Ground Grid Integrity Measurements
Neither the ground resistance measurements or the touch potential measurements provide information on the ability of grounding conductors and connections to carry ground fault currents safely to earth. Experience has shown that the ground fault current can cause a lot of damage to equipment and pose safety hazard to personnel when it does not find a low-impedance path to the ground grid and thus to mother earth. Therefore, it makes sense to periodically check and verify the integrity of the ground grid connections.
The objective of this measurement is to determine whether the equipment, frame, structures, or enclosure grounds are connected to the grounding electrode or ground grid with low resistance. The resistance value of such connections is expected to be very low (100 μΩ or less). The best way for making tests for integrity of ground grid connections is to use a large but practical current and some means of detecting the voltage drop caused by this current. A test set is available to conduct this measurement using AC current. This test method is known as the high-current test method. This method consists of passing 300 A through the ground grid between a reference ground (usually a transformer neutral) and the ground (conductor and connections) to be tested. The voltage drop and the current magnitude and direction are monitored to verify the integrity of the ground connections.
The GTS-300* test set is shown in Figure 11.36. The test connections for conducting this test are shown in Figure 11.37.
The below listed guidelines are offered when using the high-current method of testing the continuity of ground grids and grounds. However, it should be kept in mind that these are only guidelines since each ground has to be considered on its own merits relative to other grounds in the immediate vicinity.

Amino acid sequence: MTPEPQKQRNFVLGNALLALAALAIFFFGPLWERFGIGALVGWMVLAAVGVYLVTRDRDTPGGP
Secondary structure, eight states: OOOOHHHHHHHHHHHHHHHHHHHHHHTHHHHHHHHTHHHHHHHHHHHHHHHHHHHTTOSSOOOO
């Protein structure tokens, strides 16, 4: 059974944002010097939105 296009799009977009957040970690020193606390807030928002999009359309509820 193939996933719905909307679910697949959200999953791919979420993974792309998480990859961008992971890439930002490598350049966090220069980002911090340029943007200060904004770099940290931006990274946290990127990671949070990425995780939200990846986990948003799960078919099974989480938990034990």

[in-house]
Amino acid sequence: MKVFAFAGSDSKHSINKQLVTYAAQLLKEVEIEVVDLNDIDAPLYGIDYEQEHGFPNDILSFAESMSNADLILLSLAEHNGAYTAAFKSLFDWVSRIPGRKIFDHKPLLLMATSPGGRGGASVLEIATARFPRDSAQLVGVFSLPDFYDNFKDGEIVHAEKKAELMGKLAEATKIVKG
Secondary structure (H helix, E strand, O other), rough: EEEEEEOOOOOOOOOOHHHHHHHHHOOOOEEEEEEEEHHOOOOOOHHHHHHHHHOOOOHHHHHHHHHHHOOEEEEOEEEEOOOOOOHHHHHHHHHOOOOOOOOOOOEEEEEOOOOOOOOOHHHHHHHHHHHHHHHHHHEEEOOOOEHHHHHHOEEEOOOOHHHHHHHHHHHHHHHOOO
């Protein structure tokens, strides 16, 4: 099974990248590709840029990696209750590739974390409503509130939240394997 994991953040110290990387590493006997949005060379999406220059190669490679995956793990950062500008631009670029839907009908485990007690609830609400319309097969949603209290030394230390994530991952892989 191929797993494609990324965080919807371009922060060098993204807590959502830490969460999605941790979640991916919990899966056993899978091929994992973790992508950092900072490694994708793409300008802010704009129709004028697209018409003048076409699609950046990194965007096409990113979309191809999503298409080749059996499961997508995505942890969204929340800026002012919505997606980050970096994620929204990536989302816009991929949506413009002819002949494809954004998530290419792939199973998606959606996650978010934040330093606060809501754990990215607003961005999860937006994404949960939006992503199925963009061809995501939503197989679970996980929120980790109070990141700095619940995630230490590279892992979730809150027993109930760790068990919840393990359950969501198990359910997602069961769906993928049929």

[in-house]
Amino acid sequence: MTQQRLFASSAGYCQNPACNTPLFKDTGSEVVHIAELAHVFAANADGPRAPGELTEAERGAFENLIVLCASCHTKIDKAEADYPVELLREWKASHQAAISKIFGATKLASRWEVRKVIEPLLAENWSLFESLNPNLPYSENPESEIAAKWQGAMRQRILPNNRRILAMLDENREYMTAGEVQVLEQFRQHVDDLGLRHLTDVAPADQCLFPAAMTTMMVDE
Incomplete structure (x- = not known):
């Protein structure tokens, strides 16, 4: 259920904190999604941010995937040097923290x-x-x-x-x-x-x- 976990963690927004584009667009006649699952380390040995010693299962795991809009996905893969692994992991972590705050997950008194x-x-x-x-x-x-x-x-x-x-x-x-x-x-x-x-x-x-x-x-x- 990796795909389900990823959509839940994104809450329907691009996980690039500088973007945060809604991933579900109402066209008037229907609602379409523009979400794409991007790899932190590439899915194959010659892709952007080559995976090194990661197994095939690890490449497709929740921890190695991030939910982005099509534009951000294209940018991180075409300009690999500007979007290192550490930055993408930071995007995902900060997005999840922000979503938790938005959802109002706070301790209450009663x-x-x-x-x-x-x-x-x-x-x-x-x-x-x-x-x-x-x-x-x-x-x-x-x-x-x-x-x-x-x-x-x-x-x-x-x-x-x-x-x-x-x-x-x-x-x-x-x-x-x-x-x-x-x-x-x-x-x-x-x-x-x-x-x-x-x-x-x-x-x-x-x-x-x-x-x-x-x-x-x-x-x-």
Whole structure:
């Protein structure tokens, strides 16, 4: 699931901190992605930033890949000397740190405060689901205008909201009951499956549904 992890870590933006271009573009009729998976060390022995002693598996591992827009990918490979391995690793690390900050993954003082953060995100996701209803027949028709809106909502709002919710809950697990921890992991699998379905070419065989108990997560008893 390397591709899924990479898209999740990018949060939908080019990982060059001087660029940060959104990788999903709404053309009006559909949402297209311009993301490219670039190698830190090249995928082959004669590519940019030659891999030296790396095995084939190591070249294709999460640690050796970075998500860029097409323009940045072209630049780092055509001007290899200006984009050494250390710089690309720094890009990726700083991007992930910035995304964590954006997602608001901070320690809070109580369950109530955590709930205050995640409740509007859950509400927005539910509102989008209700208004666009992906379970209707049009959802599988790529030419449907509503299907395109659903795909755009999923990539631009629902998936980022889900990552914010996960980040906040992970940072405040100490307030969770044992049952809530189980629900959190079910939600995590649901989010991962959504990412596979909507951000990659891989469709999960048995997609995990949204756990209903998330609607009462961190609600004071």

1. The voltage drop of the ground grid rises approximately 1 V for each 50 ft of straight distance from the reference point.
2. On equipment with single ground the ground can be considered satisfactory if the voltage drop is in line with item 1 above and at least 200 A flow to the ground conductor under test into the grid. On most equipment of this type, 300 A will flow to the grid; however, in some cases current will also flow through foundation bolts and or conduits.
3. On equipment with multigrounds, a ground can be considered satisfactory if the voltage drop is in line with item 1 above and at least 150 A flow to the ground conductor under test into the grid. If the current to the grid is less than 150 A, the ground should be disconnected from the equipment and 300 A again should be passed through the ground. If the ground passes the 300 A and the voltage drop does not increase more than 0.5 V over the previous level, the ground can be considered satisfactory.
“Caution: Before any ground is removed from an equipment be sure to parallel it with a 2/0 CU temporary ground, such as a truck ground or other grounds before it is disconnected.”
4. To test transformer neutral or reference point pass 300 A through the transformer neutral at a point above grade but below any bonding connections or clamps on the tank. If at least 150 A flow to the ground grid, the reference point can be considered satisfactory.
5. Establish a reference ground, preferably a transformer neutral. From a high-current AC source (GTS-300) connect one test lead to ground being tested as shown in Figure 11.37. Connect the test lead at a point above grade but below the bonding connections or clamps. Pass 300 A through the ground grid and record the voltage drop across the grid. Using a clip-on ammeter, measure the amount of test current flowing above (to the equipment) and below (to the grid) the test lead on the ground being tested. The voltage drop should be in accordance with item 1 above. The test amperes should be in accordance with items 2 and 3 in this list.